So too came the Hummingbird
Come mid-2013, Google announced that its latest major overhaul was called Hummingbird. And by overhaul, we mean a complete reboot for the google machine.
You see, Hummingbird effectively replaced the entire google search engine. It left in place the different calculations that google makes for every search query it receives. And it made real-time, social and location-based search results stand out much more, especially for the majority of regular users, who are plugged in to their google accounts in one way or another, at just about any time that they’re googling.
So now Hummingbird delivered more search results that seemed to be relevant uniquely to the searcher, and it did so faster than ever before.
At this point, SEOs had to look at their strategies and techniques much closer than ever before. The notion that you could build a strong brand with grey hat and black hat SEO was dying quickly. White Hat SEO, the bane of lazy SEOs everywhere, was once again seen as the best of breed method of getting the best possible SEO results.
Of course, White Hat SEO is harder, more time consuming work, than the tricks and hacks of the lesser forms of SEO. Still, the merits of long-term value building with white hat SEO made the case clearer than ever. Just as you would not succeed long-term by tricking people to eat at your restaurant when you serve them garbage, you will no longer be able to succeed at building top ranked sites and pages by tricking users into visiting your site, or even putting up poor quality links to it from as many sites as possible.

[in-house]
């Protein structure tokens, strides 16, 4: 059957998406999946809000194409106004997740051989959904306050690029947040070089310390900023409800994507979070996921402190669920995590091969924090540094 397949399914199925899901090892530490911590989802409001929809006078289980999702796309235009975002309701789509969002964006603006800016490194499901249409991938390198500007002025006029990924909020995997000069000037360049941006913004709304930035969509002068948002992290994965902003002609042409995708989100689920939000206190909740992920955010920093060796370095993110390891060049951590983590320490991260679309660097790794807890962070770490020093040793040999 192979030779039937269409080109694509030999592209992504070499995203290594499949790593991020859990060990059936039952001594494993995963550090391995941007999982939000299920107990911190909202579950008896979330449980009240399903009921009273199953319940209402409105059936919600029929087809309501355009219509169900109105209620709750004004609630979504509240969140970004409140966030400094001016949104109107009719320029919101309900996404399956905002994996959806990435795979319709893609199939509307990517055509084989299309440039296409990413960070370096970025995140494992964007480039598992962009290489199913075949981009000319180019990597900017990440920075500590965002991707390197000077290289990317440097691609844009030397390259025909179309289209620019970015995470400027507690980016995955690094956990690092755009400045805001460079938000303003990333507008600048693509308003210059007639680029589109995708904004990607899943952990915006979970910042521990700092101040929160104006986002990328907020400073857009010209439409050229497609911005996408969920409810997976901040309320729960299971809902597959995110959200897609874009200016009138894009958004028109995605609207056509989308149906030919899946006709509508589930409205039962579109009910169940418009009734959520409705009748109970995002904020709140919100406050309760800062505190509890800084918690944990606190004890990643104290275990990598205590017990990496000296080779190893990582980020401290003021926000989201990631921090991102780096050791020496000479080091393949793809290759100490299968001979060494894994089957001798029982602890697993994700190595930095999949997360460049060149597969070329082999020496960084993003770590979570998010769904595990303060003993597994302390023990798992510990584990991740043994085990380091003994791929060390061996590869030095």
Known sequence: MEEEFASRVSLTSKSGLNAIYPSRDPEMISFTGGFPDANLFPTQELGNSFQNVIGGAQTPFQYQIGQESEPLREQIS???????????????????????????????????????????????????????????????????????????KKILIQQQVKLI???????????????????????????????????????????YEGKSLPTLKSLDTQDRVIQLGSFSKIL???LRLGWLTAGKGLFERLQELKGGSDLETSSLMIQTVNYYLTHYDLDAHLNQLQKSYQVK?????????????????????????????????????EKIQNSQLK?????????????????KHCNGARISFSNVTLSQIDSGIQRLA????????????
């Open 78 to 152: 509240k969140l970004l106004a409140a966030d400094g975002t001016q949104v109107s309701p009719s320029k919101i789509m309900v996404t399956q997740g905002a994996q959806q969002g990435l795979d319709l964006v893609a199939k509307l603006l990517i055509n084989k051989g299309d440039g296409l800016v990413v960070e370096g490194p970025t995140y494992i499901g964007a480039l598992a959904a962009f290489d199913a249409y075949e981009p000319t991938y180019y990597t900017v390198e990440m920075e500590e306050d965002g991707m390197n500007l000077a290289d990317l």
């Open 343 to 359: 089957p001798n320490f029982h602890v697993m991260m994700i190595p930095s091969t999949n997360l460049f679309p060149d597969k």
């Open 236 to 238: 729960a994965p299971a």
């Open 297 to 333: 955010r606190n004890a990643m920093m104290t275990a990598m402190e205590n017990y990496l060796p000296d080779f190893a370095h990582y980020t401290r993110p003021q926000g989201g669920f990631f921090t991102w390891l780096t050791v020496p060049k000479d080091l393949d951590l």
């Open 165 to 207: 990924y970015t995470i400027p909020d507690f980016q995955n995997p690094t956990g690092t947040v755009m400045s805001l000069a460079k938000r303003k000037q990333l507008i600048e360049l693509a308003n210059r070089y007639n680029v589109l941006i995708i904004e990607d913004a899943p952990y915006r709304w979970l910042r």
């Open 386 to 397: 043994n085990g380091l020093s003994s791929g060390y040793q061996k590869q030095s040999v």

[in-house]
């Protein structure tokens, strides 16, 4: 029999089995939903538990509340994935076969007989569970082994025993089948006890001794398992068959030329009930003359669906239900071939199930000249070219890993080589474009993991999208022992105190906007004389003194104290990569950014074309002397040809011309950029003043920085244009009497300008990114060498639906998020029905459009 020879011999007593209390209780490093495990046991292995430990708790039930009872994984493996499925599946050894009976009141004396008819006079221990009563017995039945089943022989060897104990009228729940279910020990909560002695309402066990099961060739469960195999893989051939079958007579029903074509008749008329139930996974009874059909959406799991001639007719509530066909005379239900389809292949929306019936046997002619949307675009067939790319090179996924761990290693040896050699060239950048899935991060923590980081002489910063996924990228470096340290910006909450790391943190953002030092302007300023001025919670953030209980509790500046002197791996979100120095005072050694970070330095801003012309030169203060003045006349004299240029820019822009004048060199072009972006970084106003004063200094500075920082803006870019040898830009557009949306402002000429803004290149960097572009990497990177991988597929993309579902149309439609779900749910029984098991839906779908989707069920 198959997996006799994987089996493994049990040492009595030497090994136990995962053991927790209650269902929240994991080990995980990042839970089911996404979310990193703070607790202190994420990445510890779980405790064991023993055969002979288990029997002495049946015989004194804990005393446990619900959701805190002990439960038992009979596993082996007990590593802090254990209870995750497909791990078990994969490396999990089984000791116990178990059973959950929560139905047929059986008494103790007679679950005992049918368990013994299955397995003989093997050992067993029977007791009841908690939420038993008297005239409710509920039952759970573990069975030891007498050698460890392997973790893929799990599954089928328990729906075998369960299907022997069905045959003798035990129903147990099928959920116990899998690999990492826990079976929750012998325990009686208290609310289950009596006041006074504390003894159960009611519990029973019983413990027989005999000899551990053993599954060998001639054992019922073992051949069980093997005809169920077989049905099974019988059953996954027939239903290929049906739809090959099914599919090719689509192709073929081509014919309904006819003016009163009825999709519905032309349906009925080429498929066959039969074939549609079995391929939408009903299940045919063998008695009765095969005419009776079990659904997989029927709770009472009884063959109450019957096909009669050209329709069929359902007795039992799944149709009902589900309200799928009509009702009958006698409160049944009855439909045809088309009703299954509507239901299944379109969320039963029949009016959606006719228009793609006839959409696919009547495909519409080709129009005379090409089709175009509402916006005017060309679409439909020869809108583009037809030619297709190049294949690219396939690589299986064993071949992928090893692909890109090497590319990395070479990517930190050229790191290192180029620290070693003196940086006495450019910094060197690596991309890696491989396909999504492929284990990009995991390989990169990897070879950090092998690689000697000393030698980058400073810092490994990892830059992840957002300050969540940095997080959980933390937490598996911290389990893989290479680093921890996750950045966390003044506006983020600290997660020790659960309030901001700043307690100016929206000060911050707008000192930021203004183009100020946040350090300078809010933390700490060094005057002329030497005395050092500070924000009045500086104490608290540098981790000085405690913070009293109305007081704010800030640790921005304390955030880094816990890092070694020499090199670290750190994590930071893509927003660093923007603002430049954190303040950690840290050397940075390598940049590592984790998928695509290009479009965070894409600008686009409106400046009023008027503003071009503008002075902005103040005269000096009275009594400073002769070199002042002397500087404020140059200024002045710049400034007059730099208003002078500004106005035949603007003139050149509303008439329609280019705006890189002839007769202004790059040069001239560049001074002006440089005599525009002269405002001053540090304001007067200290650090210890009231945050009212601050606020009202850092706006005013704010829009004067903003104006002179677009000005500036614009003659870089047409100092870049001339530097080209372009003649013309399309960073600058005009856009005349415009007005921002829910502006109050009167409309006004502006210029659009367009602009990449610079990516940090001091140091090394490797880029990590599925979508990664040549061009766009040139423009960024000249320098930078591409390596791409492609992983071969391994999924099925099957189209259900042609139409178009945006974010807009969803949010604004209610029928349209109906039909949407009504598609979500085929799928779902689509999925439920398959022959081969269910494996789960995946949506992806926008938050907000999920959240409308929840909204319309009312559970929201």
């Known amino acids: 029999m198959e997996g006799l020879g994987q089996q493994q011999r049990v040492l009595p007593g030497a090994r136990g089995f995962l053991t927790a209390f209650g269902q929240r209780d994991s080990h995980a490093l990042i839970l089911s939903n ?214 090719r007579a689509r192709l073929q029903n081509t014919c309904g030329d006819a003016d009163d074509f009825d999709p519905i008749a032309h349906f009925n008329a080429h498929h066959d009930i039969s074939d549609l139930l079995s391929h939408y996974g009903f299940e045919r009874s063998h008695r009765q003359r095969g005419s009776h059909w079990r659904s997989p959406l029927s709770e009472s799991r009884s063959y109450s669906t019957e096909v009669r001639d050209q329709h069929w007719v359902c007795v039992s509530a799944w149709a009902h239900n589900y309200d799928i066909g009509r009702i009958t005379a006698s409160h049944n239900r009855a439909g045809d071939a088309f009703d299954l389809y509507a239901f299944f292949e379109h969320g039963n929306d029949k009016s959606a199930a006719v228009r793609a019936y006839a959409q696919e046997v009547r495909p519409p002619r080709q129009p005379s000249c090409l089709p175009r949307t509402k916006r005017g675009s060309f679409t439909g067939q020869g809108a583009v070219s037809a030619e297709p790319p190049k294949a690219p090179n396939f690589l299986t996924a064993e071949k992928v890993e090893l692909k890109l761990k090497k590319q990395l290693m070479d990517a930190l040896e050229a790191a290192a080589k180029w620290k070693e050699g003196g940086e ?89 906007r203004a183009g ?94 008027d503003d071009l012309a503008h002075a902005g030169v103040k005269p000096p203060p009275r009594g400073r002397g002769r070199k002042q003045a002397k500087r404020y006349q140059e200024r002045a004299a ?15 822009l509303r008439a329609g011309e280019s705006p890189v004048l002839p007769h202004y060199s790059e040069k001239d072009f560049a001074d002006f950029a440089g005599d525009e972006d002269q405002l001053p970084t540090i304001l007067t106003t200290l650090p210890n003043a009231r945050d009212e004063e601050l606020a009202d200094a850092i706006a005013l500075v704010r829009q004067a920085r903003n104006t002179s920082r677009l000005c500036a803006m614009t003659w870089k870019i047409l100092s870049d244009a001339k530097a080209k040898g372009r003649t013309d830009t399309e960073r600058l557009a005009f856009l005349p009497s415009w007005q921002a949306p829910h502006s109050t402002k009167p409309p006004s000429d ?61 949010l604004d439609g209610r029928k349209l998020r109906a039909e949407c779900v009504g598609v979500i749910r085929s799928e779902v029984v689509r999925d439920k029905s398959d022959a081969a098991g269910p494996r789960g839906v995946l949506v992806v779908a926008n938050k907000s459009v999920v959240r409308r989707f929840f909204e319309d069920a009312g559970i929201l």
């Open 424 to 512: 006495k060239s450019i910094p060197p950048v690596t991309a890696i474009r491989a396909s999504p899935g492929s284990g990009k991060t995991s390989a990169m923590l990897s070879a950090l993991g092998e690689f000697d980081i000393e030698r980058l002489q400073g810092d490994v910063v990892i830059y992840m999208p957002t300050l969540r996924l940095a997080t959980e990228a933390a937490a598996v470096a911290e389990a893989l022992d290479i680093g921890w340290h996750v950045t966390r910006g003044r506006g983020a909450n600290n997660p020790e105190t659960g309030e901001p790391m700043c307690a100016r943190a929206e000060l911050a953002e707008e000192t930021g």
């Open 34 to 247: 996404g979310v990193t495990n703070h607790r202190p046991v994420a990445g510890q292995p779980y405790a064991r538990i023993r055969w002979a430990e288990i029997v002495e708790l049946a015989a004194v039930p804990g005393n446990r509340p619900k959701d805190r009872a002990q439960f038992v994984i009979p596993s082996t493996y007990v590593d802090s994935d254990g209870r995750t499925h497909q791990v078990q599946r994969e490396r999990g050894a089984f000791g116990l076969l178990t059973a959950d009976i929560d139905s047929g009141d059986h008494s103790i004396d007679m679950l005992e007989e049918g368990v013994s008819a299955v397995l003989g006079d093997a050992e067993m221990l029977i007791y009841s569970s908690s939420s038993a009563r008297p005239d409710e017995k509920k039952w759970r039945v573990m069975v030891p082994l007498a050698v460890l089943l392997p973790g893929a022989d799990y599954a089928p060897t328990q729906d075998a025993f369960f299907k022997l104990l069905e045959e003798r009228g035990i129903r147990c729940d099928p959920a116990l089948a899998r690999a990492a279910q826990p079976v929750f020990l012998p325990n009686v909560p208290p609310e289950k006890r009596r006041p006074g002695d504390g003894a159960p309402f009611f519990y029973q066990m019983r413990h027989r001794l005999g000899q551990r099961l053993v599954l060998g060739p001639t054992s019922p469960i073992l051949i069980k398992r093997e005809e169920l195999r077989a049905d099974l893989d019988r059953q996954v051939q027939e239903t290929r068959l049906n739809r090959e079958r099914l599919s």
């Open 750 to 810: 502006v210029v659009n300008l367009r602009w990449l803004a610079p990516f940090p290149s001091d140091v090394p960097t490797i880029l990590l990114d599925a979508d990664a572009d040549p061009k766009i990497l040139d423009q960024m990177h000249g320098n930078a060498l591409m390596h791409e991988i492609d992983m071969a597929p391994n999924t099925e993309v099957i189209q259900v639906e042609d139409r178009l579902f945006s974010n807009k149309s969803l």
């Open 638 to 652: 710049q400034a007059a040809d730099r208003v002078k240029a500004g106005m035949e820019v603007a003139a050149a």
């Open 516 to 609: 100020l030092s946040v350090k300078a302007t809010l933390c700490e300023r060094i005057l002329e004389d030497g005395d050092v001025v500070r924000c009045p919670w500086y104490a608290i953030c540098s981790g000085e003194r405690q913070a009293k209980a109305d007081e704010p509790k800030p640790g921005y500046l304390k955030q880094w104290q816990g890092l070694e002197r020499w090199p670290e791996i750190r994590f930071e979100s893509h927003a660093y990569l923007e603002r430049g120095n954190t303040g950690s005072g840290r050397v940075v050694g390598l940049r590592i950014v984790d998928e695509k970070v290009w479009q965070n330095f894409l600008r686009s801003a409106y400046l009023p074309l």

Nowadays, in 2014, it is quite literally more beneficial to your SEO work and your page’s rank and targeted traffic, to have 1 link from a great website, than 1000 links from 1000 low quality sites. And while it will take you much more time to get that great link, the fact is, it’s worth it.
Don’t just believe that I write. Test against my theories, always.
If you’re not yet convinced, go ahead and try it on just one page, or one new site. Track that new content’s performance against the pages and sites you maintain with old techniques. If you do it right, you will see your better content with higher quality links shoot up quicker and for longer periods of time, than all of the lower quality pages you make in the next 30 – 90 days.
While you’re chewing your mind candy over what you’ve just learned here, watch this great video which goes in-depth about many instances of historical facts and sidenotes of the SEO industry, from 1994 until early 2014.
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My unofficial social contract with you: If you like what you learned in this article and care to help me in my challenge to test Google’s claims about publishing high quality content, then please share this page on your social network profiles and anywhere that you think it might help other people.